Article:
Half Of Canadians Have $200 Or Less In Savings
Two months ago, when quoting the CEO of cell phone insurer Assurant, who appeared on Bloomberg TV to discuss business trends, one of his quotes caught our attention: “the reality is, half of Americans can’t afford to write a $500 check,” Colberg said. We decided to look into the CEO’s claim about the woeful state of US finances. What we found is that according to a recent Bankrate survey of 1,000 adults, 57% of Americans don’t have enough cash to cover a mere $500 unexpected expense. Turns out the CEO was right. And while that may appear dire, it is a slight improvement from 2016, when 63% of U.S. residents said they wouldn’t be able to handle such an expense.
The Bankrate survey findings echoed research published last year by the Federal Reserve, which found that 46% of respondents said they would be challenged to come up with even less, or $400, to cover an emergency expense, and would likely borrow or sell something to afford it. When the Fed asked what types of emergency expenses Americans had actually faced in the last year, more than one out of five cited a major unexpected medical expense. The average expense: $2,782, or almost seven times higher than the Fed’s hypothetical $400 surprise bill.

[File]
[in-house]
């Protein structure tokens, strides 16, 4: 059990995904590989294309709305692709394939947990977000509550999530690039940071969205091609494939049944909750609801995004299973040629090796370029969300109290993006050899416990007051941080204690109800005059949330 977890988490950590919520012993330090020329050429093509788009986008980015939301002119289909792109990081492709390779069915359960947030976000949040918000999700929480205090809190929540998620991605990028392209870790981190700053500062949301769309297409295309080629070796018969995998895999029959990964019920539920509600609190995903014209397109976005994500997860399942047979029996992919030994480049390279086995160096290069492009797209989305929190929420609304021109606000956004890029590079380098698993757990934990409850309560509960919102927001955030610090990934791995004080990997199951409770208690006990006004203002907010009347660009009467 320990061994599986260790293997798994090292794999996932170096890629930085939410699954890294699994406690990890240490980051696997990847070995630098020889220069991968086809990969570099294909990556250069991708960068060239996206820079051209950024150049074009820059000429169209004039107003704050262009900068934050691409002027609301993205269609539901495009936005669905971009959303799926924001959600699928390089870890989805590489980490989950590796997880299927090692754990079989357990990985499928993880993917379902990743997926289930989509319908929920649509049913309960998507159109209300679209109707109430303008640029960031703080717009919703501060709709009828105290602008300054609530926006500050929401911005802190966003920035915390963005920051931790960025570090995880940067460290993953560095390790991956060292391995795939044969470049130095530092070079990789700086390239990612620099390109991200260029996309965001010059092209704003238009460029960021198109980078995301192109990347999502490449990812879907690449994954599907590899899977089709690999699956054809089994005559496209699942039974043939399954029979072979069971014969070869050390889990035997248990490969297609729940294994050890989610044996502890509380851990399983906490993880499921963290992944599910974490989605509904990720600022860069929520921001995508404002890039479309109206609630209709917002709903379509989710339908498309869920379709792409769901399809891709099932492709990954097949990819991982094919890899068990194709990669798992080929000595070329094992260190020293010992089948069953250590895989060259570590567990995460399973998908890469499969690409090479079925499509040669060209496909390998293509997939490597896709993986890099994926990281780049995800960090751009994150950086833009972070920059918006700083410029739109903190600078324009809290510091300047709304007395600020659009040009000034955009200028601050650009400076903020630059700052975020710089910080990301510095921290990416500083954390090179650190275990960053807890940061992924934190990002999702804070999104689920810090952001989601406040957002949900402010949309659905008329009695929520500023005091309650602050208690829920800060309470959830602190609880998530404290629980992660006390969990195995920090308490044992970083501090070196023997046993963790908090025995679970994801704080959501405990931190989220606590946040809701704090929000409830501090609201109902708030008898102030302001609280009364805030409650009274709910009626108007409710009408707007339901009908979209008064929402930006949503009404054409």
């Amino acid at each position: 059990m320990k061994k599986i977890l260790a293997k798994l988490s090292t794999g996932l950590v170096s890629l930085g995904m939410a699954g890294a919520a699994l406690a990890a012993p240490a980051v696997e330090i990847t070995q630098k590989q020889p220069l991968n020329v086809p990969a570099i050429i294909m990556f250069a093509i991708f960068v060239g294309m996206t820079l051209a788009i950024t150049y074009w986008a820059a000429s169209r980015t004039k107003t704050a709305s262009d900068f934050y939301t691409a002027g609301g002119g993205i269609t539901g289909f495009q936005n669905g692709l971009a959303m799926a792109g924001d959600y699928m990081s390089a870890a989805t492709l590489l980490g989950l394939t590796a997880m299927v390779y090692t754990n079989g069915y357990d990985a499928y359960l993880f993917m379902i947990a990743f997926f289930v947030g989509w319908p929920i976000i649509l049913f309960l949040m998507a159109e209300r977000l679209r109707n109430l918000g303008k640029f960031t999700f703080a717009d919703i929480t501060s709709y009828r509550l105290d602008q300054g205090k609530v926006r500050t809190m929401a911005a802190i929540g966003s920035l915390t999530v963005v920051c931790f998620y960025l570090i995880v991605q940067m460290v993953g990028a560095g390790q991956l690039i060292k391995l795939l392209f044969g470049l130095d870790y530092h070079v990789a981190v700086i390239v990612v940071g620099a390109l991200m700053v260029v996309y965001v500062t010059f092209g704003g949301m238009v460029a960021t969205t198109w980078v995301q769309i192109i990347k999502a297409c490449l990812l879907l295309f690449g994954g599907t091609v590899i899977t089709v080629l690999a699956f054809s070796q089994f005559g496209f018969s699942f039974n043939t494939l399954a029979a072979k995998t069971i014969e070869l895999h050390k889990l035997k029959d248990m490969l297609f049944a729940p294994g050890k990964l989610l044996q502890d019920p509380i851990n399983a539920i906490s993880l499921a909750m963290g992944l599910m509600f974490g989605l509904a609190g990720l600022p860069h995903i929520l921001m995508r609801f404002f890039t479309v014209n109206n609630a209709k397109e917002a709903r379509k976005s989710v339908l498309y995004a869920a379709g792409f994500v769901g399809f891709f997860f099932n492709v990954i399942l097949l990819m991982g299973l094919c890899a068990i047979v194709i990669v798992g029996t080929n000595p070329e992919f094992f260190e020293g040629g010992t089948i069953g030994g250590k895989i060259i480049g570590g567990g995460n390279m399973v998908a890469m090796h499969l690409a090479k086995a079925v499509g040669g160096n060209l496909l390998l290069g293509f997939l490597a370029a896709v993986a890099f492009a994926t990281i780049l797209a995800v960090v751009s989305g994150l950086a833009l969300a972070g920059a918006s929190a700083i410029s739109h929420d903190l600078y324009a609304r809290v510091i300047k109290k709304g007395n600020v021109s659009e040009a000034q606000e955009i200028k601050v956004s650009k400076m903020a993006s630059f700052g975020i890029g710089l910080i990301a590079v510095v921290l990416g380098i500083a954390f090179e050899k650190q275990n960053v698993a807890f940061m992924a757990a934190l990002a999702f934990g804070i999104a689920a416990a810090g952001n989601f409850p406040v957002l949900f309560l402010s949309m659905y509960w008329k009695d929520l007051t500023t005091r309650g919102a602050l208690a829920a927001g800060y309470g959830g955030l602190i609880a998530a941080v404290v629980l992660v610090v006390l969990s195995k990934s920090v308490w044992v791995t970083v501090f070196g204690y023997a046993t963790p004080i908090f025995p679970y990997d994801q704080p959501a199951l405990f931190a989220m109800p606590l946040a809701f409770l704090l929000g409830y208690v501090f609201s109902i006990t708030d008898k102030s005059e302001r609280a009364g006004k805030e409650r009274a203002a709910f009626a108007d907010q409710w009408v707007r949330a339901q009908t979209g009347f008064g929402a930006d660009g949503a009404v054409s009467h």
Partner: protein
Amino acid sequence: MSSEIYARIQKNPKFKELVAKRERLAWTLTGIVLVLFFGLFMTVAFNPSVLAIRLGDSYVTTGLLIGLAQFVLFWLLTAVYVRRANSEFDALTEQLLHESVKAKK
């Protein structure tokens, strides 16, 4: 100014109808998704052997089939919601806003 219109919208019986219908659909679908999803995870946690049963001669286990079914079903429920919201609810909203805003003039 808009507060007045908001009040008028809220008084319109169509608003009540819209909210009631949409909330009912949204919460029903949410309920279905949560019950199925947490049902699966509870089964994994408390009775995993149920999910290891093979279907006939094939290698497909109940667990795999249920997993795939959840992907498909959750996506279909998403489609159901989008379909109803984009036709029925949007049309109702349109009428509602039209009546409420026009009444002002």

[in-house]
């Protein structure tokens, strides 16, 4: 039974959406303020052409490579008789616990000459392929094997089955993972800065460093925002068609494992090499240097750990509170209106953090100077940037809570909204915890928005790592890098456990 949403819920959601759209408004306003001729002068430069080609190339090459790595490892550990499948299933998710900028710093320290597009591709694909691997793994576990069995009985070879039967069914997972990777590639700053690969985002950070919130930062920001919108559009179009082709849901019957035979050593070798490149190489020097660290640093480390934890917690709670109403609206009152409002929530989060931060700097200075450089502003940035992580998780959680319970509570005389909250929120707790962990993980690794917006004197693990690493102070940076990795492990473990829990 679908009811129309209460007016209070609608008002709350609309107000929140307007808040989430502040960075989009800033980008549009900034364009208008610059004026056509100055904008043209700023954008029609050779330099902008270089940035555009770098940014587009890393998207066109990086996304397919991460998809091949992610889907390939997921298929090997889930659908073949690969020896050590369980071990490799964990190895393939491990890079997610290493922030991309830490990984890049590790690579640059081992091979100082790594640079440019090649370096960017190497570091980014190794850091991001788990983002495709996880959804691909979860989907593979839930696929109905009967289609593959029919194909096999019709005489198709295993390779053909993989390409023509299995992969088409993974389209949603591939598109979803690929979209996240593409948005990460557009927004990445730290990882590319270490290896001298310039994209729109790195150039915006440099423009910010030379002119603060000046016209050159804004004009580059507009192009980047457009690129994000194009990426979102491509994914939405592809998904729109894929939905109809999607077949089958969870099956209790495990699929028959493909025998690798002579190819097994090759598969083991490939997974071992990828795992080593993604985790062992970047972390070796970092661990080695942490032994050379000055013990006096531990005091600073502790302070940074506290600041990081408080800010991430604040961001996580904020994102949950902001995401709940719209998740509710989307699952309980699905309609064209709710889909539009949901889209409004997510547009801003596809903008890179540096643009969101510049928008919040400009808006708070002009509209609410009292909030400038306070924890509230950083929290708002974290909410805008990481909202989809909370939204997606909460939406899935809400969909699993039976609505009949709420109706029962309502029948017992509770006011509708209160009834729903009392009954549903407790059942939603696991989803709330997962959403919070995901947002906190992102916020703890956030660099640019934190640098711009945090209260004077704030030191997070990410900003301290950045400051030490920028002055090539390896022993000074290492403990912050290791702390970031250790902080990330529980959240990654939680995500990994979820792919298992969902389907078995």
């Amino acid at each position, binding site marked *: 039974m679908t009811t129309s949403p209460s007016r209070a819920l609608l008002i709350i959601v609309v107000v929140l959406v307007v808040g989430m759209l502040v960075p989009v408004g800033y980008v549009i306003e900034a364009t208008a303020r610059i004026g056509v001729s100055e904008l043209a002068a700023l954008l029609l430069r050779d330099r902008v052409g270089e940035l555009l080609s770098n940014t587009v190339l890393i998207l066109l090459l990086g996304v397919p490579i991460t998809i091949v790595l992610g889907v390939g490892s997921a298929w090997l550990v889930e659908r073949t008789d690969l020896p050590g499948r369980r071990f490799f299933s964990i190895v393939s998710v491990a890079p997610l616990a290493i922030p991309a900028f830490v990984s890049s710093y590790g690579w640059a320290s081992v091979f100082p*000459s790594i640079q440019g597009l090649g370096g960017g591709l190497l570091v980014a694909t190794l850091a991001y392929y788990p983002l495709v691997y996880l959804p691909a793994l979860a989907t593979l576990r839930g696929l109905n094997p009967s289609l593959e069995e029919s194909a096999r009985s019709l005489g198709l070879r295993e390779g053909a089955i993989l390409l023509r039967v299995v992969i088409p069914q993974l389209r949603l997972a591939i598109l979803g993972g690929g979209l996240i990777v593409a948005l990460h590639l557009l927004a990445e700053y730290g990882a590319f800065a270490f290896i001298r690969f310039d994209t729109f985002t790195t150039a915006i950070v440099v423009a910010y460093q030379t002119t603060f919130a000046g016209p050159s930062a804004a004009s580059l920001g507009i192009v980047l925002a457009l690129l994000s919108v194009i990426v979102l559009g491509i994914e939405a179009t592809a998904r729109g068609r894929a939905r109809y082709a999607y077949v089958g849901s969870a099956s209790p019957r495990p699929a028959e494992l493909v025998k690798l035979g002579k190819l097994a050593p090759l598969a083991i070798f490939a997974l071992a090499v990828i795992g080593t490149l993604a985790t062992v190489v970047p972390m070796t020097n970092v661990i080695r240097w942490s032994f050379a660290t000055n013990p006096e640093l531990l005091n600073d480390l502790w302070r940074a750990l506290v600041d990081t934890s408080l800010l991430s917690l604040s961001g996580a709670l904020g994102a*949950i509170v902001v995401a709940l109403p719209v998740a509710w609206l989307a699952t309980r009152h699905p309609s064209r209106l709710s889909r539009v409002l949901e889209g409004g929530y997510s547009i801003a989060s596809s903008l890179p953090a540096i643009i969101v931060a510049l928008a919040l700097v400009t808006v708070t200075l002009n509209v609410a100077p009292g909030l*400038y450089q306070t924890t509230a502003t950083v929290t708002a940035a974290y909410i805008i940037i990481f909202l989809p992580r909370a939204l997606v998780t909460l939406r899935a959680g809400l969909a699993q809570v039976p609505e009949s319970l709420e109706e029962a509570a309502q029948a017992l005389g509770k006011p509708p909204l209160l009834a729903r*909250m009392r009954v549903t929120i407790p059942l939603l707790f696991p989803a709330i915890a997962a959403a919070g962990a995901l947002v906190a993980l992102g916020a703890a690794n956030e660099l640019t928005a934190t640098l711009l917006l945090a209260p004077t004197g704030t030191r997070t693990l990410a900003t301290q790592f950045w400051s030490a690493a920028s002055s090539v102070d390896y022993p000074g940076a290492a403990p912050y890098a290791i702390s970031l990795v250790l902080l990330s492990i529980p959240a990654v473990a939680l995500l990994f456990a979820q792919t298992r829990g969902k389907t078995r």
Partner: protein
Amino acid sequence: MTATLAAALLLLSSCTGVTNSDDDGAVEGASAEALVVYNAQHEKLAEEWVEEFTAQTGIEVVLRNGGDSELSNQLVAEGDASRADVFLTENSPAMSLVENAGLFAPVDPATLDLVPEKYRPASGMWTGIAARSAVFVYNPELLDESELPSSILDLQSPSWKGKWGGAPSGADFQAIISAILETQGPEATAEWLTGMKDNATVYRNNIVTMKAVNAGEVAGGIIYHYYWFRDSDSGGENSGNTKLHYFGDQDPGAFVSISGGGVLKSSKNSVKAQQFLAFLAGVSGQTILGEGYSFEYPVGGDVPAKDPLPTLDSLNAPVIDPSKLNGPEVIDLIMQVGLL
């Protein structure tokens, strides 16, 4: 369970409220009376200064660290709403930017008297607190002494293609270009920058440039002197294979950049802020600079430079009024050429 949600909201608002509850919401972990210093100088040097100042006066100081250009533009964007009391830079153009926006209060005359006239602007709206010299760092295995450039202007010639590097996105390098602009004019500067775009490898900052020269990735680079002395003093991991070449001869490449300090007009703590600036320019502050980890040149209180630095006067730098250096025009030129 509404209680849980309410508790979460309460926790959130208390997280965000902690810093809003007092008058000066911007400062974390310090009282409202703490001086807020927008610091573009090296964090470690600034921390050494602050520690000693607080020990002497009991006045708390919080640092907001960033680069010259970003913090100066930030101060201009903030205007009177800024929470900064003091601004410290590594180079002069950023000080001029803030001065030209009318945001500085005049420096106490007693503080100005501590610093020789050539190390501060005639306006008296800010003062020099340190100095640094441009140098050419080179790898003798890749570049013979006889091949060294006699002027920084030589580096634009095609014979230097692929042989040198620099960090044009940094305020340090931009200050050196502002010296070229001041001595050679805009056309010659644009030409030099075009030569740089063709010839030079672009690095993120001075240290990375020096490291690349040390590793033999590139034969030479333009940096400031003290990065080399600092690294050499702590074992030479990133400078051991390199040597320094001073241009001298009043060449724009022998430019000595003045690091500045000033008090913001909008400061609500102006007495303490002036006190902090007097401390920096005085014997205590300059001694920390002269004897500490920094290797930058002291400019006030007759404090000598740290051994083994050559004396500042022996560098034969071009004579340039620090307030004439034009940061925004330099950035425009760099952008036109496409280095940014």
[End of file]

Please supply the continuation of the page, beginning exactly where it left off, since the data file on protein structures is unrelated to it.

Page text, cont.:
How does this stunning statistic compare to some other developed nations?
It turns out that the state of half of US finances, deplorable as it may be is positively shining, not to mention “twice as good”, when compared to the country’s neighbor to the north, where a recent Ipsos survey on behalf of accounting firm MNP, found that more than half of Canadians are living within $200 per month of not being able to pay all their bills or meet their debt obligations. Needless to say, if $500 in savings is bad, half that amount is outright bizarre.
“With such a small amount of wiggle room, any kind of unanticipated hardship, such as a job loss or even a car repair, could send an already struggling family into financial despair,” Canada’s Global News quoted Grant Bazian, president of MNP’s personal insolvency practice, which is one of the largest in Canada. He also revealed that for 10 per cent of Canadians, the margin of error when it comes to household finances is even thinner, at $100 or less.